Helicobacter pylori is a cause of gastritis and peptic ulcers, as well as a major cause of gastric carcinogenesis.1,2 Eradication of H. pylori has been shown to reduce metachronous carcinogenesis.3 Over the past 25 years, the number of infected patients4,5 and new cases of gastric cancer6 had decreased worldwide owing to the widespread adoption of eradication therapy and improved sanitation. In the 1990s, triple therapy (which combined a proton pump inhibitor [PPI] with clarithromycin, amoxicillin, or metronidazole) showed a high eradication success rate and became popular worldwide. This led to a growth in the number of clarithromycin-resistant strains and more frequent failures of empirical primary treatment. In Asia, the prevalence of clarithromycin-resistant strains has been reported to be 30% in Japan, 50% in China, 40% in Korea, and approximately 15% in Taiwan.7 The gold standard eradication therapy for H. pylori infection is tailored therapy, which is based on the selection of antimicrobial agents according to antibiotic susceptibility test (AST) results8 as well as other common bacterial infectious diseases. However, AST has several disadvantages and is not widely used.9 This review presents the latest results of empirical and AST-based therapies for H. pylori to inform future treatment strategies.

STANDARD TREATMENT REGIMENS BASED ON CURRENT GUIDELINES

The primary treatment regimens recommended by current guidelines are listed in Table 1. For areas where clarithromycin-resistant strain rate is 15% to 20% or higher, the Maastricht VI/Florence Consensus Report recommends bismuth-containing quadruple therapy (BQT), consisting of a PPI and two antimicrobial agents plus bismuth, or quadruple concomitant therapy using a PPI and three antimicrobial agents (amoxicillin, clarithromycin, and nitroimidazole) for the same duration as the primary treatment.10 In contrast, PPI-based standard triple therapy (STT) is recommended only in areas with a clarithromycin-resistant strain rate of ≤15%. In addition, for both treatment options, a 14-day duration of eradication was reported to increase the eradication success rate when compared to that of a shorter duration.11,12 This supports the 14-day duration of eradication recommended by the guidelines.10 Similarly, the Toronto consensus guidelines recommend selecting empirical primary eradication according to local clarithromycin resistance rates.13

Table 1 . Comparison of Recommended Eradication Regimens Based on Guidelines.

GuidelineFirst-line therapySalvage therapy
Maastricht VI/Florence Consensus Report (2022)10Area of clarithromycin resistance <15%:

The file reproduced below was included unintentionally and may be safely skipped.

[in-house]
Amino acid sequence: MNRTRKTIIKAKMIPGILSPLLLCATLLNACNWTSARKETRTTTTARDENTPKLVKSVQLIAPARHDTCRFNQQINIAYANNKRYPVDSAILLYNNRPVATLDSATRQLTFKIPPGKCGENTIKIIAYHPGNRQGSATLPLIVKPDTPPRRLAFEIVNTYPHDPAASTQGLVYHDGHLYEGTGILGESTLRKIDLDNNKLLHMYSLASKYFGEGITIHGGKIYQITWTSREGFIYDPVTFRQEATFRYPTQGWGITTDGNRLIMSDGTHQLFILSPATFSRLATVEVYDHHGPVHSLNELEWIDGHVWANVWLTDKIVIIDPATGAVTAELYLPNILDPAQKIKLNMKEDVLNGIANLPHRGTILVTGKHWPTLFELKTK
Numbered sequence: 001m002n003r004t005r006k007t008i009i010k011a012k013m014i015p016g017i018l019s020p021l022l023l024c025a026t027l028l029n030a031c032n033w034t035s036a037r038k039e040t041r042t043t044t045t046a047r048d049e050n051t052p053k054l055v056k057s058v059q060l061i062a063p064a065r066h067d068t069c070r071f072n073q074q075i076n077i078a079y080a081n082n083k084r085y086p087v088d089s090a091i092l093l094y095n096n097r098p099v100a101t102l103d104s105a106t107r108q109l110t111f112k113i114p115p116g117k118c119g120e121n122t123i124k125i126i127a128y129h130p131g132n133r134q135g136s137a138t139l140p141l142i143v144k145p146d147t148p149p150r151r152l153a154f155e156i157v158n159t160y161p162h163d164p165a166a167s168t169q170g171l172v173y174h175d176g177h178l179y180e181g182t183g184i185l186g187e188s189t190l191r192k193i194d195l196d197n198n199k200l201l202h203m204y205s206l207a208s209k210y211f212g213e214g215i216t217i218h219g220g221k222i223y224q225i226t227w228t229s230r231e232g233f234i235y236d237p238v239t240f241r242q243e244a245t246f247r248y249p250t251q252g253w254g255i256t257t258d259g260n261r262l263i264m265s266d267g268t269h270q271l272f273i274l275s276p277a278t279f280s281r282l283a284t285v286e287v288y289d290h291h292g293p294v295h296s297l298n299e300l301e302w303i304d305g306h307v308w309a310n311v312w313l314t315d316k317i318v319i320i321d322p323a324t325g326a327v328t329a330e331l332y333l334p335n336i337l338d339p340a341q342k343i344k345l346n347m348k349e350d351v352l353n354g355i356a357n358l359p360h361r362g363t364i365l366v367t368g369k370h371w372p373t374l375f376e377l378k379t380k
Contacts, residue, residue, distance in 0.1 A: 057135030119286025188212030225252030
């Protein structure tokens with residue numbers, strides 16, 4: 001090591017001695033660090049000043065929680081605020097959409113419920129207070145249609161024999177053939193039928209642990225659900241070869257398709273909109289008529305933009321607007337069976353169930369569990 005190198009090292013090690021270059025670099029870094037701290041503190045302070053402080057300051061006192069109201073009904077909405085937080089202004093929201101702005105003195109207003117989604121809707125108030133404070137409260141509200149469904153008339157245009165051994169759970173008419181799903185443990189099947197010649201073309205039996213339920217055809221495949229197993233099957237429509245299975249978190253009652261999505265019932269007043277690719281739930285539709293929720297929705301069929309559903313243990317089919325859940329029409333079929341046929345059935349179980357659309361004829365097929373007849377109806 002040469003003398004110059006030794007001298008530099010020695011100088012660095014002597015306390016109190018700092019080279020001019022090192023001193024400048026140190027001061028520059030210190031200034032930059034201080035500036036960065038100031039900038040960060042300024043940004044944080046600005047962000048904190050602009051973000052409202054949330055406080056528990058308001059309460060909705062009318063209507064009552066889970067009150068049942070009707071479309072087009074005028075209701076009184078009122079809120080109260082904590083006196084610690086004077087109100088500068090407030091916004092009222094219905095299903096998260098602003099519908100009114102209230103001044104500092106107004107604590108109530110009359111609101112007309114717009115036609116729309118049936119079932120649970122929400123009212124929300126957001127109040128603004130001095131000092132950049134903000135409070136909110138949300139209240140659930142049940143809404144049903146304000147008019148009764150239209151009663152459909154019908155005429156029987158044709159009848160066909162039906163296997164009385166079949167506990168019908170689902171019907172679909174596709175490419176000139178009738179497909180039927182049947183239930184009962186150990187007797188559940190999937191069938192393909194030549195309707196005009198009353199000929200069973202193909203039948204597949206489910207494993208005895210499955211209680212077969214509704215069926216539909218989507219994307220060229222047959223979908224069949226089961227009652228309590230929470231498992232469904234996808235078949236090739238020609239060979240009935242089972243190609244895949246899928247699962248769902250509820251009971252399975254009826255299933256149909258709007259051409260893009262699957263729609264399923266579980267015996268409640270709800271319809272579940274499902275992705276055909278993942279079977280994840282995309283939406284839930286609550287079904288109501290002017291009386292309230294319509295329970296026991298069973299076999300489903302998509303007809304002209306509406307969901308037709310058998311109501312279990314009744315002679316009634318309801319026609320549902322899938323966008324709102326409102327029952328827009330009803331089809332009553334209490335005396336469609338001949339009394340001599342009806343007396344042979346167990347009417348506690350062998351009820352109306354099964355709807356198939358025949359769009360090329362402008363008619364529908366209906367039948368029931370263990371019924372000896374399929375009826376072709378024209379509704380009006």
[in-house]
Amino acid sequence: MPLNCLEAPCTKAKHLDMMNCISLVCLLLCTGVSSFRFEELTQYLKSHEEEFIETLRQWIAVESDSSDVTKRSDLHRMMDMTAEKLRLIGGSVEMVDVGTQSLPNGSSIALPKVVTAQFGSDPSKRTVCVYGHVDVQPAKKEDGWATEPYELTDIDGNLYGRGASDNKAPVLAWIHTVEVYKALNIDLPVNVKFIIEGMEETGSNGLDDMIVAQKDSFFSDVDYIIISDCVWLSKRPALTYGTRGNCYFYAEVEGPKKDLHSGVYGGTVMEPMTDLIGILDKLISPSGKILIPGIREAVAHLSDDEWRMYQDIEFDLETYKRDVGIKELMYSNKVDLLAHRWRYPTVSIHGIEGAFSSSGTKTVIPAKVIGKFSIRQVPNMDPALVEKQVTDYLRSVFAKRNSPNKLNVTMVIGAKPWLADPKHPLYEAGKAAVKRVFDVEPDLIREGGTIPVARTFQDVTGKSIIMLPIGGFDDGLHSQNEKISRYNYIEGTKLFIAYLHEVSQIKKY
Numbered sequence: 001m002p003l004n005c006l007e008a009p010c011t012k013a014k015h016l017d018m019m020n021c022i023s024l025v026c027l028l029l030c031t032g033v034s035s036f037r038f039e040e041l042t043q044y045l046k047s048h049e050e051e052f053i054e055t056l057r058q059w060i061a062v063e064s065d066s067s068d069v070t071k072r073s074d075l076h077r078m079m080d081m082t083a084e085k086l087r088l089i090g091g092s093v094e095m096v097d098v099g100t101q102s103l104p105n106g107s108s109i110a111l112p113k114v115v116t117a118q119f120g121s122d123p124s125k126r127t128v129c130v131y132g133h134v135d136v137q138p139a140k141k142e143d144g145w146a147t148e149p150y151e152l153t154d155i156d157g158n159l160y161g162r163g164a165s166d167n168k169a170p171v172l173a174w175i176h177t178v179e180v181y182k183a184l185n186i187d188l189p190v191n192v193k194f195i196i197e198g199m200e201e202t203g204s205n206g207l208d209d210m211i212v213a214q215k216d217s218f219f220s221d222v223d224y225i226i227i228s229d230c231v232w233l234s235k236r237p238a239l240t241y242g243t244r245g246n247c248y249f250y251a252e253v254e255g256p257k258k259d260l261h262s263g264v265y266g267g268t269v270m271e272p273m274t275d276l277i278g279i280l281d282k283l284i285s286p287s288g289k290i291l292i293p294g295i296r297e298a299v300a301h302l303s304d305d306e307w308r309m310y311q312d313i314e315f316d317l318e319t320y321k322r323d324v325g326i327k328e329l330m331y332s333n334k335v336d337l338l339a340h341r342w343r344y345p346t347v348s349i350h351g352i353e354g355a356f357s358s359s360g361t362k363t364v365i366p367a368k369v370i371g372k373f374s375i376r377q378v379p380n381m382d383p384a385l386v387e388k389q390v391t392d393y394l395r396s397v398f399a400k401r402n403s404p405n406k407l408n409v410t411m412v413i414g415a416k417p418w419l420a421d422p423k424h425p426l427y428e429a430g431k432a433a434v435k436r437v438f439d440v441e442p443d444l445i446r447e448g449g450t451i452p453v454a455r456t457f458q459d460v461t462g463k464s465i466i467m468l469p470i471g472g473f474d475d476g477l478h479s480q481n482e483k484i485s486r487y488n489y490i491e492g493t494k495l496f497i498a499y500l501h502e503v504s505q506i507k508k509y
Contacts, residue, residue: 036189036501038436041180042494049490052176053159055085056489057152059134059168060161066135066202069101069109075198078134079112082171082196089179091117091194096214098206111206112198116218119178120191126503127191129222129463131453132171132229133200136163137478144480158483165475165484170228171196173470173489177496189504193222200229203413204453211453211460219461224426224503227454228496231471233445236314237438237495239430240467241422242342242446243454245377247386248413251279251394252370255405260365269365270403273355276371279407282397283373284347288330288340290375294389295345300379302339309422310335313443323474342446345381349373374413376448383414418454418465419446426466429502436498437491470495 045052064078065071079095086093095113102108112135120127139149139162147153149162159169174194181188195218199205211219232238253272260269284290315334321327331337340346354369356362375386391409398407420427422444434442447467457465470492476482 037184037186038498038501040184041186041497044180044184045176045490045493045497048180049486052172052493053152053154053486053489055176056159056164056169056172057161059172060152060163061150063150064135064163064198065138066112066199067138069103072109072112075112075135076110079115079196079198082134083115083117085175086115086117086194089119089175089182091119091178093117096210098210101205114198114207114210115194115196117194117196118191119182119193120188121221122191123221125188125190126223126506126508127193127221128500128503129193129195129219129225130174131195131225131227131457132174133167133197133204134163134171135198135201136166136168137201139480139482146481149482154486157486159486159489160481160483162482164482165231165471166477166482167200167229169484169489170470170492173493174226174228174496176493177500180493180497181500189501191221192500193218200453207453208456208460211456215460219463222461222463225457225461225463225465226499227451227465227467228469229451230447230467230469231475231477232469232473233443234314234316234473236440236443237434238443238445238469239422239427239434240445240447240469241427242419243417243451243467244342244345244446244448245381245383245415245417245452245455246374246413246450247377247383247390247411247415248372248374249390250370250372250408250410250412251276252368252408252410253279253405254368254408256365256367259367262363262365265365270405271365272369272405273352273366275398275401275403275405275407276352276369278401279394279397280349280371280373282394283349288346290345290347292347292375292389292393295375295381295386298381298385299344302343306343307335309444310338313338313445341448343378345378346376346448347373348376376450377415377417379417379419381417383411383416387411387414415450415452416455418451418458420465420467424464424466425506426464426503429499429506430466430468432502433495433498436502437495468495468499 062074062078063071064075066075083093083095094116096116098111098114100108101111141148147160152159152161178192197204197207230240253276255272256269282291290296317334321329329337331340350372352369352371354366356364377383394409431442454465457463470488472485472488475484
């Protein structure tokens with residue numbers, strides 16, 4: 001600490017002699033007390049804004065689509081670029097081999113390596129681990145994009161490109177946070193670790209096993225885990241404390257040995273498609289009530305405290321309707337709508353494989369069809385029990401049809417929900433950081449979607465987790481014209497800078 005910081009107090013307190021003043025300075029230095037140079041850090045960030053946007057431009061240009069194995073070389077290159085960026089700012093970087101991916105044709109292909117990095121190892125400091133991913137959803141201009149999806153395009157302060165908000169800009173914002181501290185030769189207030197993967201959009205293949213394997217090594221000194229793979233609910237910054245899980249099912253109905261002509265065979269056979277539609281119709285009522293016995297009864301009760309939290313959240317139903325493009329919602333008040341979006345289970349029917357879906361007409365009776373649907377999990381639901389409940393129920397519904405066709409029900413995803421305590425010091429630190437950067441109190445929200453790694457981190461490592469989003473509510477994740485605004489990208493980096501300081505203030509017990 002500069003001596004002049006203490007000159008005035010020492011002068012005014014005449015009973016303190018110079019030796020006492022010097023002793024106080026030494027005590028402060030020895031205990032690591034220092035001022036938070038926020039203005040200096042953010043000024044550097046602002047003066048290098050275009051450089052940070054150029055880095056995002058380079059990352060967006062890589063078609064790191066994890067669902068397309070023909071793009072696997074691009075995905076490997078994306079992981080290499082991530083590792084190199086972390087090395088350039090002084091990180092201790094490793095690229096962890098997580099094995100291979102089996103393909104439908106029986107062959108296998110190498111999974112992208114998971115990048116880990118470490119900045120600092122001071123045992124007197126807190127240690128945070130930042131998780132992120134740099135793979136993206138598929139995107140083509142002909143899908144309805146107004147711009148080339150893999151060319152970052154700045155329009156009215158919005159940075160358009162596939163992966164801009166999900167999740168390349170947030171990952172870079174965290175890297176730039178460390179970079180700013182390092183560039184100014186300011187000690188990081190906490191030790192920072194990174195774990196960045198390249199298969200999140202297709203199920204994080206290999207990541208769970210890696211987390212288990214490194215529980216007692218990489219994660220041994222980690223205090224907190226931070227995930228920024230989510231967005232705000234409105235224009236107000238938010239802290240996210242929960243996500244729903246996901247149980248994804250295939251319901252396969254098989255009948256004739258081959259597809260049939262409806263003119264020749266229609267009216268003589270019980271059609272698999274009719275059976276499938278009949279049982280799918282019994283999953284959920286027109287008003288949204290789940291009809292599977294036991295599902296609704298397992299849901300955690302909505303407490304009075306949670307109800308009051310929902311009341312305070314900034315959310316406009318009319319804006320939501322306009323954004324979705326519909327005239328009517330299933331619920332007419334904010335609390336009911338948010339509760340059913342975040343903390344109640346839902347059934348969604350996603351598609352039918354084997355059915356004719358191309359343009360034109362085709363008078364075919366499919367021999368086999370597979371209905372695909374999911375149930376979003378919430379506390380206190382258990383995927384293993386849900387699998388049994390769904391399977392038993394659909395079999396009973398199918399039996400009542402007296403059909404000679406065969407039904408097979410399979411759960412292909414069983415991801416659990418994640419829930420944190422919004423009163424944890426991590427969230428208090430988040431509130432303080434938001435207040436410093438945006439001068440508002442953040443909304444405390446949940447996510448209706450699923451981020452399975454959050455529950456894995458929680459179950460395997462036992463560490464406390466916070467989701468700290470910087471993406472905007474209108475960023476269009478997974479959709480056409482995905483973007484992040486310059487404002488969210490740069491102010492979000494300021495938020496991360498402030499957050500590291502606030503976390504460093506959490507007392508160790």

PPI-based triple therapy for 14 days
Bismuth-containing quadruple therapy for 14 days
Area of clarithromycin resistance ≥15%:
Bismuth-containing quadruple therapy for 14 days
Quadruple concomitant therapy for 14 days
Fluoroquinolone-containing quadruple or triple therapy for 14 days
Tailored therapy based on the result of AST (third line)
Toronto Consensus (2016)13Area of clarithromycin resistance <15%:
PPI-based triple therapy for 14 days
Bismuth-containing quadruple therapy for 14 days
Area of clarithromycin resistance ≥15%:
Bismuth-containing quadruple therapy for 14 days
Quadruple concomitant therapy for 14 days
Fluoroquinolone-containing triple therapy for 14 days
ACG Clinical Guideline (2016)18Area of clarithromycin resistance <15%, and no history of clarithromycin use:
PPI-based triple therapy for 14 days
Bismuth-containing quadruple therapy for 14 days
Fluoroquinolone-containing quadruple or triple therapy for 14 days
Area of clarithromycin resistance ≥15%, or history of clarithromycin use:
Bismuth-containing quadruple therapy for 10–14 days
Quadruple concomitant therapy for 10–14 days
Quadruple concomitant therapy for 10 days
Rifabutin-containing triple therapy for 10 days
High-dose dual therapy for 14 days
Fifth Chinese National Consensus Report (2018)19Bismuth-containing quadruple therapy for 10–14 daysNo statement
Guideline in Korea (2021)21PPI-based triple therapy for 14 daysBismuth-containing quadruple therapy for 10–14 days
Quadruple sequential therapy for 10 days
Quadruple concomitant therapy for 10 daysFluoroquinolone-containing triple therapy for 14 days
PPI-based triple therapy for 7 days (after clarithromycin resistance testing)
Guideline in Japan (2019)20PPI-based triple therapy for 7 daysPPI-based triple therapy for 7 days
Vonoprazan-based triple therapy for 7 daysVonoprazan-based triple therapy for 7 days

PPI, proton pump inhibitor; AST, antibiotic susceptibility test..